Individuals and institutions entrust their funds to a dedicated wealth management firm for many reasons. The main reason is that investing is a full-time job that requires a distinct set of skills and experience.
Most of us do not have the bandwidth or the desire to manage assets full-time, so how do we assess and select a manager to help grow and preserve our capital?
David Darst, Analyst and Investment Strategists at The Family Office, lists key criteria that one should consider in selecting a potential wealth management partner.
Ethics is more than just following regulations. It is about intellectual honesty. If you sense that your advisors do not believe their own recommendations, you should seek the advice of those who do.
Success in any business requires clear focus. For an investment manager, this means a coherent “investment philosophy.” This could take many forms and there is no fixed template. But if the advisor cannot clearly define it to you in a sentence, or you cannot clearly summarize it yourself, it is a red flag.
To justify charging a fee, a manager must add value. Typically, this means an ability to outperform the market. There are various ways to do this—such as leverage or deep sectoral expertise—and a manager should articulate and demonstrate this ”edge” to you in your initial meeting.
Investment management is both an art and a science, but the scientific element is essential. A good manager will have a clearly documented methodology (e.g. for screening, selecting, and divesting securities) and analytical tools (e.g. proprietary models) that make their “edge” sustainable. If neither methodology nor tools are in evidence, you may be dealing with a gifted storyteller rather than a competent investor.
Many reputable firms consist of a multi-disciplinary team, and the names of these individuals are typically displayed on the website or else accessible by request. Basic research on background and credentials can be done on the internet. A deeper dive—requesting references from previous employers—may also be worthwhile.
Request data on how a fund or team has performed relative to its objectives and on a risk-adjusted basis. This is a great way to verify claims about focus, expertise and competence. Past performance does not guarantee future returns, but the willingness to share data is a good sign that the team stands by its history and has delivered adequately on its promises to former clients.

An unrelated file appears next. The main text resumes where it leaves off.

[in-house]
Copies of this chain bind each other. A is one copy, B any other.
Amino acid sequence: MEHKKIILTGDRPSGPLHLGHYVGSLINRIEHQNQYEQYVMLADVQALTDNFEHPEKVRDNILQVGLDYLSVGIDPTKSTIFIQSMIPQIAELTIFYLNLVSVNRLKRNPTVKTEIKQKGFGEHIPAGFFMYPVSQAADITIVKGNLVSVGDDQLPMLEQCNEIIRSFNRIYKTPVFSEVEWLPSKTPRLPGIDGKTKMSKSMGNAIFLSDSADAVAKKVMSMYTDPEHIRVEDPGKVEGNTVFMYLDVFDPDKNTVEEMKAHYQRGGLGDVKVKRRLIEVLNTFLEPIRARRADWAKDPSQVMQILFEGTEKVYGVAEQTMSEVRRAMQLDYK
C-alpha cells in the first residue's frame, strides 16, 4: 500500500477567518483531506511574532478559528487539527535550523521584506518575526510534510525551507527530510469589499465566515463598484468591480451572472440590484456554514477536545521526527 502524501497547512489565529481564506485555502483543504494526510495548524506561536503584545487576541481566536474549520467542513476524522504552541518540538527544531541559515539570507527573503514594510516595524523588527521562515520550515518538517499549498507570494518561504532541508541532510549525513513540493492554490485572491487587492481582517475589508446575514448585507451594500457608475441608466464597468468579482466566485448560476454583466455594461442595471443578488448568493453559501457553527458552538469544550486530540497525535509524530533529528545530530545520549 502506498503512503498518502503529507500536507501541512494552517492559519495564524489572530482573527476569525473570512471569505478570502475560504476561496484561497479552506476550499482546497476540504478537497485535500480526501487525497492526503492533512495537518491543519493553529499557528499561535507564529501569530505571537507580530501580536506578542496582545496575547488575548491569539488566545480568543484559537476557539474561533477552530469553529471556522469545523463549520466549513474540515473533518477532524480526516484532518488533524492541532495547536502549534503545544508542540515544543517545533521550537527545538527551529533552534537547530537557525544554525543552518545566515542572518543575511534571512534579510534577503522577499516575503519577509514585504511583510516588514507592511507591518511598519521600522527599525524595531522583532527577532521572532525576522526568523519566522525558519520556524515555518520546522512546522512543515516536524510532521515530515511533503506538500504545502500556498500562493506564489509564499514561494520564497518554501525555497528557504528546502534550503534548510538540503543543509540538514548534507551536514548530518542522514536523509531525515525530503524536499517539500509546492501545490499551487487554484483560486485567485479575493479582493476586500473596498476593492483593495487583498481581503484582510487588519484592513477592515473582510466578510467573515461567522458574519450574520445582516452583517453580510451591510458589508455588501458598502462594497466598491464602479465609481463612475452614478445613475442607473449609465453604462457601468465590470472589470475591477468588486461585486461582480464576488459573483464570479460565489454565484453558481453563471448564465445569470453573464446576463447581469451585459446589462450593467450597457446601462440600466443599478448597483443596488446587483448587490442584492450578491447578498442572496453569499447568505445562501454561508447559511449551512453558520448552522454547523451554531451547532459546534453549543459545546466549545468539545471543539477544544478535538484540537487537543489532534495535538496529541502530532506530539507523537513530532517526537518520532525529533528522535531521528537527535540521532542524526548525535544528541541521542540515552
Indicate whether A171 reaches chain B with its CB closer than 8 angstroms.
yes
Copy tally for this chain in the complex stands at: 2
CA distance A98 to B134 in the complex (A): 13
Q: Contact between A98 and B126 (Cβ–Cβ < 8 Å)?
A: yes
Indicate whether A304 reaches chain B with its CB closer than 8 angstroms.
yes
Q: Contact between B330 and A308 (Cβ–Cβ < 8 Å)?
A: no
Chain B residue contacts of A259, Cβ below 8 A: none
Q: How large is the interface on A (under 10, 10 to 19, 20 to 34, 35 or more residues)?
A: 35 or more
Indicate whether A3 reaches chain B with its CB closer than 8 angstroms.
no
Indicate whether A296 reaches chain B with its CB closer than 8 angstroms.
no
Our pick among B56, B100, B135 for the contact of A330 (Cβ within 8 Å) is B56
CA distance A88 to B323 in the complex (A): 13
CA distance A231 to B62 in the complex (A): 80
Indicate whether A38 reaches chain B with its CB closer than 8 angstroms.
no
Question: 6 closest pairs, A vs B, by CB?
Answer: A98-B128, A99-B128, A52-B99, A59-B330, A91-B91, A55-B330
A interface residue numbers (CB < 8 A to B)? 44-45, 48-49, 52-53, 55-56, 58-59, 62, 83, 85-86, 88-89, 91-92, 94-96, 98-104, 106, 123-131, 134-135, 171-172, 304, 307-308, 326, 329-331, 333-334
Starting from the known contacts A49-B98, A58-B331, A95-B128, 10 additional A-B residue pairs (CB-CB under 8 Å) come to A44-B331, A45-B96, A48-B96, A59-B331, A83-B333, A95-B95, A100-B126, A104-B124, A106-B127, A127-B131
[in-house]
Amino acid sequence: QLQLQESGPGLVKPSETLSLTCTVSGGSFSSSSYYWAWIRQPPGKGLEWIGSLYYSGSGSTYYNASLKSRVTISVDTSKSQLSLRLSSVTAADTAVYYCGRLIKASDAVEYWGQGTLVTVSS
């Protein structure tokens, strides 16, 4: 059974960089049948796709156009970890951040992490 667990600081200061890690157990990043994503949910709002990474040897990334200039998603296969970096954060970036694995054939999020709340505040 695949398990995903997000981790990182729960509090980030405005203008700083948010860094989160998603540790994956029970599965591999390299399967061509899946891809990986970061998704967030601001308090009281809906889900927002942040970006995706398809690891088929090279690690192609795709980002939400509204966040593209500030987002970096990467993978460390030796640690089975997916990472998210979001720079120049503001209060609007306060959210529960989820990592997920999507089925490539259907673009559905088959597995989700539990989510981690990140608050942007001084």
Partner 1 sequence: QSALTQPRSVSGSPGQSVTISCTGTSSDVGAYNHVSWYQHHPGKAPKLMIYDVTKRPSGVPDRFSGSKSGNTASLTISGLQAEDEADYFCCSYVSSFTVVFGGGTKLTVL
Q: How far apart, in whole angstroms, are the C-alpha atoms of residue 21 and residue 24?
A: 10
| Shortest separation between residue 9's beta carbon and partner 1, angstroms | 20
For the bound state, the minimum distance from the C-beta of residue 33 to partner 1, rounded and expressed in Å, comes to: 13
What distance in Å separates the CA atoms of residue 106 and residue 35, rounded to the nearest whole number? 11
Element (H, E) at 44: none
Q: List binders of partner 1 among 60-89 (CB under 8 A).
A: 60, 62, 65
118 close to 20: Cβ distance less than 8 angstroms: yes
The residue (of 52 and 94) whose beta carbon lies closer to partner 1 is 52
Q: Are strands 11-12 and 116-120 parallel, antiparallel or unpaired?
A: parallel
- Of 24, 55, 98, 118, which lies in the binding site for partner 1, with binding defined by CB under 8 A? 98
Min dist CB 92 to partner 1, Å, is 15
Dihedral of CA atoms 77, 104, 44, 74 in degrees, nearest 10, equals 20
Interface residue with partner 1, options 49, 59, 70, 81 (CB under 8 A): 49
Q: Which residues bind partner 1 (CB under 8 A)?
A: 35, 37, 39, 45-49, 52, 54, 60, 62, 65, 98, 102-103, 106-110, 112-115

An honest manager will be open about mistakes and missed opportunities, and—more importantly—will share what they learned from them. No team is perfect, but the fund managers who can correct course and avoid past errors are the best prepared for an uncertain future.
Ultimately, the net returns (i.e. after fees) of the fund will accrue to your portfolio. Knowing your fees and where they are stated in the paperwork gives you a full picture of what you are receiving. Also, understanding how fees are structured gives you comfort that your interests are aligned with those of the fund (for example, knowing if the manager participates in both the upside and the downside).
It is worth also probing a fund manager on the highlights of their professional career, and encouraging them to share their most difficult experiences. A good fund will often prove itself during difficult times (e.g. a market crash or panic), and understanding this will give you a sense of how it will fare during future crises.
You can also ask them to define more generally what they believe the success factors are for a fund (for example “passion,” “discipline” or “integrity”). This is another way of revealing the team’s values, and whether they align with your own.
The purpose of the above is to cut through the common marketing and jargon in the asset management industry and establish the only two things that matter for a successful relationship: competence and compatibility.
The above points should give you ample data on which to make your decision. Given the importance of this relationship, it is better to err on the side of caution and listen to your instincts as well as the words you are hearing.
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